Gross: Adjusted expectations because there's going to be charges all over the place, COVID and other reason related. This is just for fun because we're not too hyper-focused on whether the companies be it on the quarter or not. But I think it's important to note that consensus estimates have been steadily falling since October. If you had asked me this question in October, I might have said, "Sell, I think the numbers look too high." Now, the consensus is $1.35 per share in earnings, which is only $88 million on $2.2 billion in revenue. I think that seems reasonable. I'd have to obviously dig in significantly more from a modeling perspective to say for sure. But since earnings have come down to earth, estimates have come down to earth, I think it's possible. I think more importantly for the stock is going to be what they say about the future. Activists have recently come in, taken over I believe three board seats, that Chewy Co-Founder Ryan Cohen is there. They are being tasked with transforming GameStop into an e-commerce focused business. There is a transformation committee that is tasked with doing so. Forget about the Reddit community for a minute. Just regular investors [laughs] are going to want to hear about the strategic plan for that.
At $14 billion in market cap right now, boy, oh, boy, that better be a good plan, otherwise, why would you need to take a position in this company at a $14 billion valuation? As you said, it's interesting that two executives have left. The CFO appears to have been pushed out a month ago, Frank Hamlin now resigning. Perhaps the activist investors are clearing the house and not finished yet. The one thing they said is that Hamlin is leaving with "Good reason," which under his employment contract include provisions such as a cut in pay or a material diminution of his authority, duties, and responsibilities. Perhaps, he left on his own accord, but for a good reason.
Hill: Yeah. You look at these two departures, anytime you have two C-suite executives leaving within a month of each other, particularly in the wake of new management coming in, it's like, "All right, did they just clash? Are they pushed out? Is this like a Bed Bath & Beyond situation when Mark Tritton took over, [laughs] and basically just cleaned the house?" Because he said, "Look, I'm the CEO. I've got a plan, and you people are not a part of it." There is a version of this that can work out in terms of Ryan Cohen, all the success he had at Chewy. There is also a version where two employees at the C-suite level decide, "No, no, this isn't going to work. By the way, my stock is worth more, so I'm going to leave now."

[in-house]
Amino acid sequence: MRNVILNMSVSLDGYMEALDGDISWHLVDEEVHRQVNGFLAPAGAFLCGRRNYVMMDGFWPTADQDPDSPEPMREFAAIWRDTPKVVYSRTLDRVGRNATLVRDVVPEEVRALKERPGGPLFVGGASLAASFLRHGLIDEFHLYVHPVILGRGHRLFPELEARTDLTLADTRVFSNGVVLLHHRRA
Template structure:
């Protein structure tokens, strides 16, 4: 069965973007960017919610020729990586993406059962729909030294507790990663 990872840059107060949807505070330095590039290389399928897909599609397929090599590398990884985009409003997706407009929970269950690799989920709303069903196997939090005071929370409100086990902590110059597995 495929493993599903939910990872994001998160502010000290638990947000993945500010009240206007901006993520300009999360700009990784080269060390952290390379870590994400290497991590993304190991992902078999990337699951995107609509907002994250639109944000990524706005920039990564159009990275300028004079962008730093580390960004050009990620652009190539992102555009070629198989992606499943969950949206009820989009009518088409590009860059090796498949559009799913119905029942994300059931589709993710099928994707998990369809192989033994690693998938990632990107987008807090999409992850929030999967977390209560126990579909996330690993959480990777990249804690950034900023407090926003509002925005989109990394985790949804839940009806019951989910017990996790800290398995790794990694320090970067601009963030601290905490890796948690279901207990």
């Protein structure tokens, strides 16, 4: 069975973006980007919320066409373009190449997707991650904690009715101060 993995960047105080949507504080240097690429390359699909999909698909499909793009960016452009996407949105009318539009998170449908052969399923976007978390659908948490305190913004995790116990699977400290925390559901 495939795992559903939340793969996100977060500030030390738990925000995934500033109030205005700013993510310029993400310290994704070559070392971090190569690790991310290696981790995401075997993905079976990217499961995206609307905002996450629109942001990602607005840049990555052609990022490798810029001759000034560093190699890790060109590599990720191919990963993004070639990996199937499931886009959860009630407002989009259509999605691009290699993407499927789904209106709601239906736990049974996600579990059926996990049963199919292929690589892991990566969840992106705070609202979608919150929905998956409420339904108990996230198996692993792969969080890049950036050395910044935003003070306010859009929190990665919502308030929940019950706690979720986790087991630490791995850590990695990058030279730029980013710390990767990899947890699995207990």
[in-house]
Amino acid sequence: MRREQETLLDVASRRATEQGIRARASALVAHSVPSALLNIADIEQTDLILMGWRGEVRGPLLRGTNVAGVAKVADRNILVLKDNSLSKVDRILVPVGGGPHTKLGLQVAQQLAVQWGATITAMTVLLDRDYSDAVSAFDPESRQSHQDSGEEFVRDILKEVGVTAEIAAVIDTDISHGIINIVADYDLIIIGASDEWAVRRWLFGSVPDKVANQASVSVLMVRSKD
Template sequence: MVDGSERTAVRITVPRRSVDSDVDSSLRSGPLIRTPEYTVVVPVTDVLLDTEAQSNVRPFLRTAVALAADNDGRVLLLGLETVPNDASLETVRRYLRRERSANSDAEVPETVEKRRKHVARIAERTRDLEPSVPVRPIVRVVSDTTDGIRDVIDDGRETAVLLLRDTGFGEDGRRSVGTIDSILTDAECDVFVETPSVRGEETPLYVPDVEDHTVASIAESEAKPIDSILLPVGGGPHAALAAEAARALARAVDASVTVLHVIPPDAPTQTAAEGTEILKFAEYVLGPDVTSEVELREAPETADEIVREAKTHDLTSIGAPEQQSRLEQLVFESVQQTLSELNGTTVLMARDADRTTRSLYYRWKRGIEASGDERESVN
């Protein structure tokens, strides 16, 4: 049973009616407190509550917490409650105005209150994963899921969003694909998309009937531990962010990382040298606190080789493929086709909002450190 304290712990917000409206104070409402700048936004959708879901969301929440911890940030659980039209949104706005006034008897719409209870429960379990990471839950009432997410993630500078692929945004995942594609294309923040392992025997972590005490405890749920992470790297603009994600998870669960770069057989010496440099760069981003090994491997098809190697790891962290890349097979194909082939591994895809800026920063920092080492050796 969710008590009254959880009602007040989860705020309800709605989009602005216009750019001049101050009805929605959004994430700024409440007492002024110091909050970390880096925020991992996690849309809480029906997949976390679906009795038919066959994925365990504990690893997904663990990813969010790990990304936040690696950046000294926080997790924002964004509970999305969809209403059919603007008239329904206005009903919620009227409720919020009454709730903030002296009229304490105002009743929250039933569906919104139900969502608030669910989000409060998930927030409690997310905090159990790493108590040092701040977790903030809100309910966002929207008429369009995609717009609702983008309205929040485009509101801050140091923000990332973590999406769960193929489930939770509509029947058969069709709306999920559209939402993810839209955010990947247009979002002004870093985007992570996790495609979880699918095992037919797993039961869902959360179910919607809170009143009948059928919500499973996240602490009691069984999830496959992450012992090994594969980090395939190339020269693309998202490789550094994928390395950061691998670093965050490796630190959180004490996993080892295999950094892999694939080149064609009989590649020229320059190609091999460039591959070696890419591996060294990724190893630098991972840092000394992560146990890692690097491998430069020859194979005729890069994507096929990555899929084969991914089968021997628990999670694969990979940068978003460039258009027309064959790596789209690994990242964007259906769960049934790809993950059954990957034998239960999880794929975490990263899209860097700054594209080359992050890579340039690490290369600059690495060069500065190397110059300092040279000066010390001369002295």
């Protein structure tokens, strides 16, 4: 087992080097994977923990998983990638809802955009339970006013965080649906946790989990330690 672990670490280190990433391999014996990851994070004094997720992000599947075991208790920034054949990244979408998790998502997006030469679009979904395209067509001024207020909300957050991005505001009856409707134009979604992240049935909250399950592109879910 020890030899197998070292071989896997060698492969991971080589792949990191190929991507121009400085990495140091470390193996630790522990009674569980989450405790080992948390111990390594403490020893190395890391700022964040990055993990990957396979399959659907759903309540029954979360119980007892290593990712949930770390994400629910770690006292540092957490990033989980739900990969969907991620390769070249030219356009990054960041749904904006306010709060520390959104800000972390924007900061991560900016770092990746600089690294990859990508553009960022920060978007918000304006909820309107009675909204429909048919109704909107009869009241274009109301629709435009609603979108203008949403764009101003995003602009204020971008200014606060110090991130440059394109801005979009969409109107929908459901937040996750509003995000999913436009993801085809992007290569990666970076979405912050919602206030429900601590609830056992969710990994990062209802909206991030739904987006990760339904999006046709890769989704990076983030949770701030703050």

Gross: Yeah, that could be. As a former activist investor, I've seen this play out. New folks come in, the business is really changing significantly from what it was to what it will be. You need a change at the top to execute that or to make the directors feel comfortable that the right people are in place to execute. Maybe on both sides, some of the employees are disgruntled, and they are more than happy to take their much more expensive ball and go home, as you said, with the stock price being at $190 per share.
Hill: By the way, you mentioned the market cap of GameStop is $14 billion. That's a market cap for Domino's Pizza. [laughs] If I give you $14 billion, Ron, would you rather own all of GameStop or all Domino's Pizza?
Gross: Not even close, my friend, Domino's all the way.
Hill: Ron Gross, thanks so much for being here. I really appreciate it.
Gross: Thanks, Chris. Lots of fun.
Hill: As always, people on the program may have interest in the stocks they talk about, and The Motley Fool may have formal recommendations for or against, so don't buy or sell stocks based solely on what you hear. That's going to do it for this edition of MarketFoolery. The show is mixed by Dan Boyd. I'm Chris Hill, thanks for listening. We'll see you tomorrow.